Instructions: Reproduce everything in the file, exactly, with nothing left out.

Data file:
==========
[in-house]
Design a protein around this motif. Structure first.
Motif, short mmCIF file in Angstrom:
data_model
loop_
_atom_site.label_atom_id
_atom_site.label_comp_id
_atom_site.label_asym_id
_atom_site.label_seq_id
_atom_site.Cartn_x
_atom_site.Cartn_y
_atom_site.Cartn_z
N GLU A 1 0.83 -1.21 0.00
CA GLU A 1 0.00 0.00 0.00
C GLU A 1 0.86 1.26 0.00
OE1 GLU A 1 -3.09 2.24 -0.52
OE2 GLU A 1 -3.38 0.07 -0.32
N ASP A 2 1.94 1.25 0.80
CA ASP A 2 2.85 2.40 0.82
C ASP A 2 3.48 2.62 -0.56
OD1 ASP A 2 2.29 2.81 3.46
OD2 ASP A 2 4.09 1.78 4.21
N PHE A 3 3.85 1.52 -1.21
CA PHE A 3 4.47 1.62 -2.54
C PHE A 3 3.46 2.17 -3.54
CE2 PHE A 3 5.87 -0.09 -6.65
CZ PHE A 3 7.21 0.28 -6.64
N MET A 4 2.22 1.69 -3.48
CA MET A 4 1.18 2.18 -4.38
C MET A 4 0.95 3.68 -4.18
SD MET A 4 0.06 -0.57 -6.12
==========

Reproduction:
[in-house]
Design a protein around this motif. Structure first.
Motif, short mmCIF file in Angstrom:
data_model
loop_
_atom_site.label_atom_id
_atom_site.label_comp_id
_atom_site.label_asym_id
_atom_site.label_seq_id
_atom_site.Cartn_x
_atom_site.Cartn_y
_atom_site.Cartn_z
N GLU A 1 0.83 -1.21 0.00
CA GLU A 1 0.00 0.00 0.00
C GLU A 1 0.86 1.26 0.00
OE1 GLU A 1 -3.09 2.24 -0.52
OE2 GLU A 1 -3.38 0.07 -0.32
N ASP A 2 1.94 1.25 0.80
CA ASP A 2 2.85 2.40 0.82
C ASP A 2 3.48 2.62 -0.56
OD1 ASP A 2 2.29 2.81 3.46
OD2 ASP A 2 4.09 1.78 4.21
N PHE A 3 3.85 1.52 -1.21
CA PHE A 3 4.47 1.62 -2.54
C PHE A 3 3.46 2.17 -3.54
CE2 PHE A 3 5.87 -0.09 -6.65
CZ PHE A 3 7.21 0.28 -6.64
N MET A 4 2.22 1.69 -3.48
CA MET A 4 1.18 2.18 -4.38
C MET A 4 0.95 3.68 -4.18
SD MET A 4 0.06 -0.57 -6.12